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Reproduction. 2013 Apr 29;145(5):R107-16. doi: 10.1530/REP-12-0497. Print 2013 May.

Human testicular peritubular cells: more than meets the eye.

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Anatomy III-Cell Biology, Ludwig Maximilian University Munich, Biedersteiner Strasse 29, D-80802 Munich, Germany.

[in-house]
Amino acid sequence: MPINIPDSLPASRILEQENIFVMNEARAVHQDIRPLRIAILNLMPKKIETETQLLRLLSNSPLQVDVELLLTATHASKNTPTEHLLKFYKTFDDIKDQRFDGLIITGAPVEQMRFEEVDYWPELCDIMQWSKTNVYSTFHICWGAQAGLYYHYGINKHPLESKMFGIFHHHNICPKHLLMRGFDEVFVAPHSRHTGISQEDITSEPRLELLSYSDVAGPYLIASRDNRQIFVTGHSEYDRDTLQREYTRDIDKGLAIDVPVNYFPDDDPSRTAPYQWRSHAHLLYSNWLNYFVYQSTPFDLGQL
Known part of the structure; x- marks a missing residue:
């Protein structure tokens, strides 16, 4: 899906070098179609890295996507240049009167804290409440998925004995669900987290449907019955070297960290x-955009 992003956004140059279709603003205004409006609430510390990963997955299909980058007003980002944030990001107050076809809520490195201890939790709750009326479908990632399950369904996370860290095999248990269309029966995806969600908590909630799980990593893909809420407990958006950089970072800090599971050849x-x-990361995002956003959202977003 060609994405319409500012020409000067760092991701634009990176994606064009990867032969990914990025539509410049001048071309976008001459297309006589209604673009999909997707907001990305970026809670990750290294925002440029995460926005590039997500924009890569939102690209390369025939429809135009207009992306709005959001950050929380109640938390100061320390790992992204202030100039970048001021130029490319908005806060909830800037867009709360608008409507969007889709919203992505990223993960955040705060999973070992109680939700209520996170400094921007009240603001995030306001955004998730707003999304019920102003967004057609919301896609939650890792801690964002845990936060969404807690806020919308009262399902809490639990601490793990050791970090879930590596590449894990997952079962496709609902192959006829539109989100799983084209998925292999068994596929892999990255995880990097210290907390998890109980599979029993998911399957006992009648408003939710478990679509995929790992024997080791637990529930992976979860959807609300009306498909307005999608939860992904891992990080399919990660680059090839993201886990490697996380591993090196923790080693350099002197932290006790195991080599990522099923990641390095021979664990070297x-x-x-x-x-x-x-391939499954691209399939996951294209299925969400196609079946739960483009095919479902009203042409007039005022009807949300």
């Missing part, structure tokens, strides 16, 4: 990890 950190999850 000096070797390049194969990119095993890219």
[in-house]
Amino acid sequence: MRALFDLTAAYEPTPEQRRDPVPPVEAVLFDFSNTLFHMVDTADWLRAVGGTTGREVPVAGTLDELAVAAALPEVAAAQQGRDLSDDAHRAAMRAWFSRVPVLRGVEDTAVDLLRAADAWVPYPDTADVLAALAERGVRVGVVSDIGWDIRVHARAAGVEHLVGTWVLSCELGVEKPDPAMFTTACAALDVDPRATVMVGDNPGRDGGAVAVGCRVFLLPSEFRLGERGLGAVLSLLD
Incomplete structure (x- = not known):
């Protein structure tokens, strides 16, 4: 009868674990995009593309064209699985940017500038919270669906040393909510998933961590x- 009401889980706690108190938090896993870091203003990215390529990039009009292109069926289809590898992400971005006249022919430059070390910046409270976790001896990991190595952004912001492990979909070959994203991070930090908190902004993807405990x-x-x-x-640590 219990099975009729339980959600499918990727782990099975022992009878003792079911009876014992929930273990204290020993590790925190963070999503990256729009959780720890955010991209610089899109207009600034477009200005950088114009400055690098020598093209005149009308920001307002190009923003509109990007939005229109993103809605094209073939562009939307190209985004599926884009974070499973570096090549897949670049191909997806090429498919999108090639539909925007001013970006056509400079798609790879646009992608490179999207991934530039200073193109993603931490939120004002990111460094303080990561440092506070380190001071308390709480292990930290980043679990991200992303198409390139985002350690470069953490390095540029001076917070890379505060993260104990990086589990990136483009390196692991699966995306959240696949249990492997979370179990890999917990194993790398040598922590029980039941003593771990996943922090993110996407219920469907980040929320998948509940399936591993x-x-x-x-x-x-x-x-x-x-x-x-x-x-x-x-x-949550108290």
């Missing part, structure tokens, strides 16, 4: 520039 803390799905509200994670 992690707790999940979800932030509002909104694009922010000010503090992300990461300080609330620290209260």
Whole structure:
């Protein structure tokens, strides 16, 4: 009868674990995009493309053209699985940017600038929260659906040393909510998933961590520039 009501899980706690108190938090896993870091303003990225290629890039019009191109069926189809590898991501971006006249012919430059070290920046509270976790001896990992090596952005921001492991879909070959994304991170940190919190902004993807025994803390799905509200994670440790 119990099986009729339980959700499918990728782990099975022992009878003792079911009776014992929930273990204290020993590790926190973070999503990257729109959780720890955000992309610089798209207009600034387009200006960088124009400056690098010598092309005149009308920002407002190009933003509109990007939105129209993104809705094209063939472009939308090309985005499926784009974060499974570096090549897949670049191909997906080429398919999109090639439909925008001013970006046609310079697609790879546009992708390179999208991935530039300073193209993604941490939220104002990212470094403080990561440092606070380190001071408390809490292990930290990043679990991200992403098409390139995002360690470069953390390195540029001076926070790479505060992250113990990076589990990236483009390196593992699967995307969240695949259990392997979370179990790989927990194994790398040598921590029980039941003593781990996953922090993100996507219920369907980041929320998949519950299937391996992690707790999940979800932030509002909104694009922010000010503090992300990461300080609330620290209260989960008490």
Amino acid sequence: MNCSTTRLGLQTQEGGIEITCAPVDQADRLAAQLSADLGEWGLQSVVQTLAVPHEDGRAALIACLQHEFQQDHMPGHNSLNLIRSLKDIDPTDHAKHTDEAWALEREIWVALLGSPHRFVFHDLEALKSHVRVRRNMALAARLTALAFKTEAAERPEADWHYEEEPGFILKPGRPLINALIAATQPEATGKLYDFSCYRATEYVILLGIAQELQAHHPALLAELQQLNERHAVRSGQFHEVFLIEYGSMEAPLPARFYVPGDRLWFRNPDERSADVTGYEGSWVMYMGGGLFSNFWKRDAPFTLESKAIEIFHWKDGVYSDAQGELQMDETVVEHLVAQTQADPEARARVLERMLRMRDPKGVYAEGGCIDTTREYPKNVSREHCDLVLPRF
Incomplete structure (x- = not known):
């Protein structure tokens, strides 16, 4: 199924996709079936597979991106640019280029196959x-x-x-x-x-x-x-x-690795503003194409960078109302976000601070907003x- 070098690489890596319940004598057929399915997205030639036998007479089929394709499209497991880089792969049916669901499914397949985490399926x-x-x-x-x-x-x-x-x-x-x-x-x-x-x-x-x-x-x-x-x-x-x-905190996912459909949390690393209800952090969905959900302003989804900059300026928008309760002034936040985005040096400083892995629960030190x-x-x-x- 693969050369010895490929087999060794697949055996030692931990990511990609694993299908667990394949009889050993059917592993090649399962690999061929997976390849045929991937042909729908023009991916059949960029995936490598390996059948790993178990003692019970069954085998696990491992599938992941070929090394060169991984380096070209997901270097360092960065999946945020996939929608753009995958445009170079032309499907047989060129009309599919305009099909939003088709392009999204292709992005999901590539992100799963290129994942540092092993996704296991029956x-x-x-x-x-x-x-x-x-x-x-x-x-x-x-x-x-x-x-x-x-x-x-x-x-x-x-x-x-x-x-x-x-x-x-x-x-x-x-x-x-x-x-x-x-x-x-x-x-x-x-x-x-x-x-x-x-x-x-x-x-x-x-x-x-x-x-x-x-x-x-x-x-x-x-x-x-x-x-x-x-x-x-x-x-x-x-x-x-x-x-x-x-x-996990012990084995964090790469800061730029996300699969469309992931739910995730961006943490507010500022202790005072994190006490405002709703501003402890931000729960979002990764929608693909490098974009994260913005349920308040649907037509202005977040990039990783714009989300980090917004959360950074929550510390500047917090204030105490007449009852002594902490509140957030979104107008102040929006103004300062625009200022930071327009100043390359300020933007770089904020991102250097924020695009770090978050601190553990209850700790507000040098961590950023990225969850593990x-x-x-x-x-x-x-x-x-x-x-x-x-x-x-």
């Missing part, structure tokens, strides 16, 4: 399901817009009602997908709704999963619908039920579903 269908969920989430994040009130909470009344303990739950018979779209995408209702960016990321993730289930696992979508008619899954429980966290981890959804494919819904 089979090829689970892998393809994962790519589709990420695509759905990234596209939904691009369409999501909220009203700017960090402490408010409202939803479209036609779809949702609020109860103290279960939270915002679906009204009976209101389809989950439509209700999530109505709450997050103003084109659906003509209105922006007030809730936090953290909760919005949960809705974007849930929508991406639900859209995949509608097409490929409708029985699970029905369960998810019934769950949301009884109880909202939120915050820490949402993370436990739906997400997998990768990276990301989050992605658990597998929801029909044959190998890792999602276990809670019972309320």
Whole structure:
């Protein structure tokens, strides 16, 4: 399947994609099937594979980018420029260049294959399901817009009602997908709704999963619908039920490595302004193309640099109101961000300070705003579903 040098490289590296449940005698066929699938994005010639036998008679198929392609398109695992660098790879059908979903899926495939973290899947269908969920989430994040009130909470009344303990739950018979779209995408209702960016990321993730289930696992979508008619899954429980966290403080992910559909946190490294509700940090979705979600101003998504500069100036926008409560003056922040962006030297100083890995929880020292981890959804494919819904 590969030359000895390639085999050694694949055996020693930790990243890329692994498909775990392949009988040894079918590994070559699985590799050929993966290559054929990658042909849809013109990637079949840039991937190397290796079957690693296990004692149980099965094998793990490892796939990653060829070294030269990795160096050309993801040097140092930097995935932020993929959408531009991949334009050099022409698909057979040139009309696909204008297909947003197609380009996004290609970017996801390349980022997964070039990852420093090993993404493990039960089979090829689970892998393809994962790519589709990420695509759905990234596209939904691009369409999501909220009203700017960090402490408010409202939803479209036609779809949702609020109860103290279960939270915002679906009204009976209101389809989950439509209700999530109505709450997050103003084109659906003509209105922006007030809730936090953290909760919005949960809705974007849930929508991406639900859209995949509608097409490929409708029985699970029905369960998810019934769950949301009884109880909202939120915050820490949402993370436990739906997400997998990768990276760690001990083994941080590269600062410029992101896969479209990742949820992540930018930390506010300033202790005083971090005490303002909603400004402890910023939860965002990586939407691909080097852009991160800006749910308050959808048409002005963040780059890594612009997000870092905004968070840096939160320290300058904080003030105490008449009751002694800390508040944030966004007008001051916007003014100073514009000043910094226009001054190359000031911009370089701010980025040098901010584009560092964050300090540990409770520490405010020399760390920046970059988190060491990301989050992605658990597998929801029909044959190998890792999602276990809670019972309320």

In healthy men, several layers of inconspicuously flat cells and extracellular matrix (ECM) proteins build the wall of the seminiferous tubules. The cells of this wall, peritubular cells, are not well characterized. They are smooth-muscle-like and contractile and transport immotile sperm, a function important for male fertility. However, their full functional importance, especially their potential contribution to the paracrine regulation of the male gonad, is unknown. In men with impaired spermatogenesis, the architecture of the tubular wall is frequently altered. Deposits of ECM and morphological changes of peritubular cells imply that functions of peritubular cells may be fundamentally altered. To be able to study human peritubular cells and their functions, a culture method was established. It is based on small biopsies of patients with obstructive azoospermia but normal spermatogenesis (human testicular peritubular cells, HTPCs) and non-obstructive azoospermia, impaired spermatogenesis, and testicular fibrosis (HTPCFs). Results obtained from cellular studies and parallel examinations of biopsies provide insights into the repertoire of the secretion products, contractile properties, and plasticity of human peritubular cells. They produce ECM components, including the proteoglycan decorin, which may influence paracrine signaling between testicular cells. They may contribute to the spermatogonial stem cell niche via secreted factors. They are regulated by mast cell and macrophage products, and in response produce factors that can fuel inflammatory changes. They possess a high degree of plasticity, which results in hypertrophy and loss of contractile abilities. The data collectively indicate important roles of inconspicuous testicular peritubular cells in human male fertility and infertility.

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